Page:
>>I think you are saying where you are linked from does effect ranking though<<
Not my links, but competitive rankings I've been tracking as I'm analyzing how to rank in the "widget stores" area, which is highly competitive.
I've noticed that several of the top 10 have one thing in common... they're listed in the Regional> Widget Dealers> Location> Directories category... whereas sites with more or less equal optimization (so it seems... it's very difficult to analyze someone else's site quickly) that are listed in other categories aren't doing as well.
It could also be the content of link text (something I haven't fully checked yet) as well as other links. I was fascinated that one of the very high ranking sites only had passable optimization and 4 links (as opposed to 1,200 for the site above it). One of the links was from the Yahoo 'Directories' category... and the other was from a Stanford University site, apparently a student page, that had the exact plural form phrase linking to this site.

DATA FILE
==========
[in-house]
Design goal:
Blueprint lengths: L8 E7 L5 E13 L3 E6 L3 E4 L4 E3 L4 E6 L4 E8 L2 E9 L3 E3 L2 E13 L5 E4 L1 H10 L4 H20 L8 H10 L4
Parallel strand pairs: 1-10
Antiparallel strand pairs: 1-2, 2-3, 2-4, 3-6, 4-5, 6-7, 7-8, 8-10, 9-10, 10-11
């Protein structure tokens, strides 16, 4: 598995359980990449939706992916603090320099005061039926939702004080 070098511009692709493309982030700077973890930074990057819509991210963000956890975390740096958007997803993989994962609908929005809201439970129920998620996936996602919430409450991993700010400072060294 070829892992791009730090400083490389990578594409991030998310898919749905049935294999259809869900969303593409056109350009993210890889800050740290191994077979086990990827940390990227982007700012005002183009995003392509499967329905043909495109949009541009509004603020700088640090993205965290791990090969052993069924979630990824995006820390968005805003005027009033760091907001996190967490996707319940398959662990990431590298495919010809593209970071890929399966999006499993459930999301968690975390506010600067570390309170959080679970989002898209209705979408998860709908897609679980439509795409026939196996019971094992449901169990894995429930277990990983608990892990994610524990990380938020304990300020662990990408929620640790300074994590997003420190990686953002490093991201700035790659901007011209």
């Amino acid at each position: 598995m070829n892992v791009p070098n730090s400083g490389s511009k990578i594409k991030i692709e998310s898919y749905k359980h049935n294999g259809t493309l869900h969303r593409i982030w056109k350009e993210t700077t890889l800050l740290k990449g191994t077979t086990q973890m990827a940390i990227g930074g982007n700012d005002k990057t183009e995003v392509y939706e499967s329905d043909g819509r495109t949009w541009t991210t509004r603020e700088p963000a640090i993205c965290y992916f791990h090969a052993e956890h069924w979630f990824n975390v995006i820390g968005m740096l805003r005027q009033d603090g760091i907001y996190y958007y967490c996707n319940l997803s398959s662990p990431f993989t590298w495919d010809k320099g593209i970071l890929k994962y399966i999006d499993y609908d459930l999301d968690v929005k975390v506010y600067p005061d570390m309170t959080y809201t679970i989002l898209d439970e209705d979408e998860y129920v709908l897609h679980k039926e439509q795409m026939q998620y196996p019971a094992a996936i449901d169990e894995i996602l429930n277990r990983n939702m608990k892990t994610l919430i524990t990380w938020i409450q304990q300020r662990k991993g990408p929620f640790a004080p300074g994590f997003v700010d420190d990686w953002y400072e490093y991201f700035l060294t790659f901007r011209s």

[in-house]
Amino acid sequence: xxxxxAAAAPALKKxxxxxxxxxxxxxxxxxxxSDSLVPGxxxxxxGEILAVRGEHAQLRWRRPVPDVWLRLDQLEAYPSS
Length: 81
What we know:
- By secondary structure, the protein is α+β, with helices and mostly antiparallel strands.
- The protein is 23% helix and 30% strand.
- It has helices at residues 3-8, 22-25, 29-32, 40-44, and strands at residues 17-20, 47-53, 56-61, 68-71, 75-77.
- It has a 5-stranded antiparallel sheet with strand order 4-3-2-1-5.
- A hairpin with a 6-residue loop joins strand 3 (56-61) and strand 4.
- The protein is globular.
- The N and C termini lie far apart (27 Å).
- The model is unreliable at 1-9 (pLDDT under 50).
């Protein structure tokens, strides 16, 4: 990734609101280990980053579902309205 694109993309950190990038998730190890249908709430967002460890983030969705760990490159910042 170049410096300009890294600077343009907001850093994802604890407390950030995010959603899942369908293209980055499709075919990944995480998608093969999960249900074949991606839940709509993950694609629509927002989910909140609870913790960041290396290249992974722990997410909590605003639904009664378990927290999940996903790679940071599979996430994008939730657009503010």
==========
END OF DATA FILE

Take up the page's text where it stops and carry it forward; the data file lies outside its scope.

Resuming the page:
Again, I probably haven't made enough observations to generalize about the category listing... Brett's comment prompts me to check out some of the other factors more closely.
The problem is that there is no definitive spec for robots.txt. As far as I know, there is no W3C or RFC spec for it. So it means whatever a search engine wants it to mean. Do search engines use wildcards? Google does. Does an earlier rule override a later one? Looksmart seems to think so. But does Google? Who knows what Google really does with Looksmart's robots.txt.
The problem is not just for spiders. How do you come up with a correct robots.txt, when the spec is ambiguous?